California businesses got a pretty good return on their investment when it came to ballot measures in last week's primary election.
Of the seven statewide measures that business coalitions or individual industries supported with substantial contributions, six went in their favor. And the one that didn't missed by a mere 1 percent of the vote.
"Business knows how to play the ballot game in California and they did it quite well," said Dane Waters, president of the Initiative and Referendum Institute in Washington.
While final figures have yet to come in, business interests spent at least $70 million on campaigns for or against measures on the March 7 ballot.
The vast majority at least $60 million went to defeat three measures: $50 million spent by insurance companies to defeat the two insurance referenda, Propositions 30 and 31, and $10 million to defeat Proposition 25, the campaign finance reform initiative.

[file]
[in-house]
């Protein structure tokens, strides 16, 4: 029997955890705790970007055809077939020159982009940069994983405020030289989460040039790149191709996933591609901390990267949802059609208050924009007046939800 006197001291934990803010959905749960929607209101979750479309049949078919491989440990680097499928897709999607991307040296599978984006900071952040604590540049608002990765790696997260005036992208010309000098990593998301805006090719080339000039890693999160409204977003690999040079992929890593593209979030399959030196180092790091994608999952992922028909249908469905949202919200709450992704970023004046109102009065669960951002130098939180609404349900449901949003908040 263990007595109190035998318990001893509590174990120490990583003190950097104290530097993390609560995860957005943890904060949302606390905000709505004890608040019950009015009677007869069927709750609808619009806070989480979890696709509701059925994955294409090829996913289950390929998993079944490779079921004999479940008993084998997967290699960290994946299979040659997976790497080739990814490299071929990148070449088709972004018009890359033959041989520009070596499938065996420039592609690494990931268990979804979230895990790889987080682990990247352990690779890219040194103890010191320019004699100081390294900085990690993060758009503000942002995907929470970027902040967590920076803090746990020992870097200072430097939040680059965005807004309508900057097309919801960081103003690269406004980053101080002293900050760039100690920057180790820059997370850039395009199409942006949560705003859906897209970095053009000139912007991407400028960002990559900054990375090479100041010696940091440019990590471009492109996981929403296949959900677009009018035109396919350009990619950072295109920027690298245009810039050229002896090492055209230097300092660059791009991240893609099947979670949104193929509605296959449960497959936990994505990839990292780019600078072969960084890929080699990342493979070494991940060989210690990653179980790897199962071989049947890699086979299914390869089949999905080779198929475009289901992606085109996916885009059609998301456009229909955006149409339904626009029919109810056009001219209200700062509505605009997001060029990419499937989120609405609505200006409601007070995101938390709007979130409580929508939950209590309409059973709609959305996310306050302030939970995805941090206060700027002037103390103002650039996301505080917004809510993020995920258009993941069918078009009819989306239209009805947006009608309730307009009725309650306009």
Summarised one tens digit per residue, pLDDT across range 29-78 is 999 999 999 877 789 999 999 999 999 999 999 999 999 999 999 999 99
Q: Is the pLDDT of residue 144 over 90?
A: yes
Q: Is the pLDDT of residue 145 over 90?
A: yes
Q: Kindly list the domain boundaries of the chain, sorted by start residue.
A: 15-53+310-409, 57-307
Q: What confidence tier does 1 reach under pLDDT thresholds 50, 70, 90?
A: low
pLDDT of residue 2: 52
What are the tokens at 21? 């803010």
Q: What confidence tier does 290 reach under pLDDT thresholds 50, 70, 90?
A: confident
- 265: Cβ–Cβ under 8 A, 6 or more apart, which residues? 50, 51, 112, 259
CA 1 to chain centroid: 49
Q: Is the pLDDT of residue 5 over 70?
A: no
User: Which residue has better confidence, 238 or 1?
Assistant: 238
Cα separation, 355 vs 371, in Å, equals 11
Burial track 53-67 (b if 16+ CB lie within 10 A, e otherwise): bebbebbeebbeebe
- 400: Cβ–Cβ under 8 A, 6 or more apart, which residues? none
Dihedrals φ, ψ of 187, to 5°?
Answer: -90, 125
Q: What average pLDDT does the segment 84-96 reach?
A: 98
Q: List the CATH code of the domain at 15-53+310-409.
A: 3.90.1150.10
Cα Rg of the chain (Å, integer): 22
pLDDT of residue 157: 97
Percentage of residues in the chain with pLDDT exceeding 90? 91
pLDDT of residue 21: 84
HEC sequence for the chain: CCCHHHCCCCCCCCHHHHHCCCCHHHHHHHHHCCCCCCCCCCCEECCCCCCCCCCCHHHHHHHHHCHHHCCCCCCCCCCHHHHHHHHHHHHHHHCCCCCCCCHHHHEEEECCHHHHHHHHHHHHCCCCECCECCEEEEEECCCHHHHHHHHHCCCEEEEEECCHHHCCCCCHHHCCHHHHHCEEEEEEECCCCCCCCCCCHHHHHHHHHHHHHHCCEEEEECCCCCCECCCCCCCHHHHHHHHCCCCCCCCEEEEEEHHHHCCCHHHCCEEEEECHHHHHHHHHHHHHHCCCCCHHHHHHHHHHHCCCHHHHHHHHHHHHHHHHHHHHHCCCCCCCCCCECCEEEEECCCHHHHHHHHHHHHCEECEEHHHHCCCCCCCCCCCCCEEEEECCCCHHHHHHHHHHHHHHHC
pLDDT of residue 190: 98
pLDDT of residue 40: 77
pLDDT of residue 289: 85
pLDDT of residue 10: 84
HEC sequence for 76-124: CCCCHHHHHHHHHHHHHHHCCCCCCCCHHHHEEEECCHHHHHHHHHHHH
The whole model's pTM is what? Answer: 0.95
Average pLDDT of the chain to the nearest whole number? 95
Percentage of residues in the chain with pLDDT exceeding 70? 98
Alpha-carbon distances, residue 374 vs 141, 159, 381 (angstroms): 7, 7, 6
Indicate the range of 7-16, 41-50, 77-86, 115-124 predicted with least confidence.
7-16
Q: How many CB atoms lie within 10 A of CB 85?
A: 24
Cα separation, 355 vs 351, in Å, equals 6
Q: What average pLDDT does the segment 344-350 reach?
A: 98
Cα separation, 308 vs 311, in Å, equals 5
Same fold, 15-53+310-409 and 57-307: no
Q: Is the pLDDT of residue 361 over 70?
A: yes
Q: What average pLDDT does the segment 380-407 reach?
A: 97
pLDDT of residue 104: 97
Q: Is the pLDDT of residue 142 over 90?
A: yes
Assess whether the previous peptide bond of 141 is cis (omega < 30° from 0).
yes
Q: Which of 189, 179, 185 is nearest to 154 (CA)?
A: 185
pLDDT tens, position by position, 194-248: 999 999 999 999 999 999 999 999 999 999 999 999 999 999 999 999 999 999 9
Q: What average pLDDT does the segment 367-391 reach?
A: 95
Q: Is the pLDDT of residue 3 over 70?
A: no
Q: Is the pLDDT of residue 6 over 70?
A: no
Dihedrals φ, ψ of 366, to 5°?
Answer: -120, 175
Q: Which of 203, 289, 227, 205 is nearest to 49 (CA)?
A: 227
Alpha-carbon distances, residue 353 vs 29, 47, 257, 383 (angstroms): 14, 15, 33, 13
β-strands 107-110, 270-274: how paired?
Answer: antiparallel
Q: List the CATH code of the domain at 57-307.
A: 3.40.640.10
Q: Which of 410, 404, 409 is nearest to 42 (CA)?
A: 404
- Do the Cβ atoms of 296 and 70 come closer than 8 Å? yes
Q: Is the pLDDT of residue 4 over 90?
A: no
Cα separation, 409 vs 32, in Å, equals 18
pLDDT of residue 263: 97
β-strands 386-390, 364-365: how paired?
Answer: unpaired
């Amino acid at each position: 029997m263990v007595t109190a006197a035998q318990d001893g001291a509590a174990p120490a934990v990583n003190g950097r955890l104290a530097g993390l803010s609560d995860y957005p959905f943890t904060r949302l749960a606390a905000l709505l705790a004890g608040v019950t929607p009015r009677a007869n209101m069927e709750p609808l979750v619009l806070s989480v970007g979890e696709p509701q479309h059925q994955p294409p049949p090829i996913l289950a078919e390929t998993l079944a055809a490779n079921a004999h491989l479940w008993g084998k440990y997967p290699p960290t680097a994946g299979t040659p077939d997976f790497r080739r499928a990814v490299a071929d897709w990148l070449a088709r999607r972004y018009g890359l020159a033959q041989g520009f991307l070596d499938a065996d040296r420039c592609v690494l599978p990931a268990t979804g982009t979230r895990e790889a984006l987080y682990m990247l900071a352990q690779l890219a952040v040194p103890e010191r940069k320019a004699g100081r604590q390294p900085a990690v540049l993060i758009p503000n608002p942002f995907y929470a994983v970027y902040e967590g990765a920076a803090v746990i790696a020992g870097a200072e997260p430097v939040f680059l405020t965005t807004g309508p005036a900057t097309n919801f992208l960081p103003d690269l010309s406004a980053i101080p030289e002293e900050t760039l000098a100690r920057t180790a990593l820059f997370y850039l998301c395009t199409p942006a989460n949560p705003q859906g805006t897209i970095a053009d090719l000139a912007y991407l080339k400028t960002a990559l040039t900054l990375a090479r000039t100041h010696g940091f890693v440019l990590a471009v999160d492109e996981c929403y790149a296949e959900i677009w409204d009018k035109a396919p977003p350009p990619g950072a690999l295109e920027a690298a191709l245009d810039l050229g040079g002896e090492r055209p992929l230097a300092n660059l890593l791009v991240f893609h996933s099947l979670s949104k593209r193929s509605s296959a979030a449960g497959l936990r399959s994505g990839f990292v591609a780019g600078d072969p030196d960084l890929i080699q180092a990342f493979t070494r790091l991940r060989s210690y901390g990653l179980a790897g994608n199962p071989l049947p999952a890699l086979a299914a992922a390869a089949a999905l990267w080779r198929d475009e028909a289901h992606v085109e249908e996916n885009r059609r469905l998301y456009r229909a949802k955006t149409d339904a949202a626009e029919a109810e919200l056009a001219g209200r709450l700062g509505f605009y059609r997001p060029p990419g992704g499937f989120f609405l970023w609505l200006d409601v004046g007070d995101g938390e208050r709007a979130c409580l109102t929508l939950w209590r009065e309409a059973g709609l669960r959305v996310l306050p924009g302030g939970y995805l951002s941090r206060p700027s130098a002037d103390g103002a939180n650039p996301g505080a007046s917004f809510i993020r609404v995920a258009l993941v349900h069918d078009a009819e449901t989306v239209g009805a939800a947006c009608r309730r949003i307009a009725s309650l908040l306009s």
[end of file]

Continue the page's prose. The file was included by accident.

Business coalitions also backed three bond measures with substantial contributions, including a $2.1 billion parks bond, a $1.9 billion water bond, and a $350 million library bond. All three passed with overwhelming majorities.
"Business handpicked and chose their battles and did very well; it was almost a clean sweep," said Tony Quinn, a Sacramento-based political consultant with the firm of Goddard-Clauson, Porter-Novelli. "In the measures that received a lot of business contributions, the money proved critically important."
Nearly a sweep
The one sour note for business was Proposition 26, which would have reduced the necessary vote for local school bonds from two-thirds to a simple majority. Despite $2 million in financial backing from business, the measure was narrowly defeated, 51 percent to 49 percent.
Nonetheless, this was among the most successful elections for business interests in recent memory.
"In the last several elections, business has spent more money on ballot measures than on lobbying the entire state government," said Craig Holman, project director at the Center for Government Studies, a private, non-partisan think tank in West L.A. that wants to reduce the role of money in politics. "In the process, business has turned the initiative process into a high-finance political arena."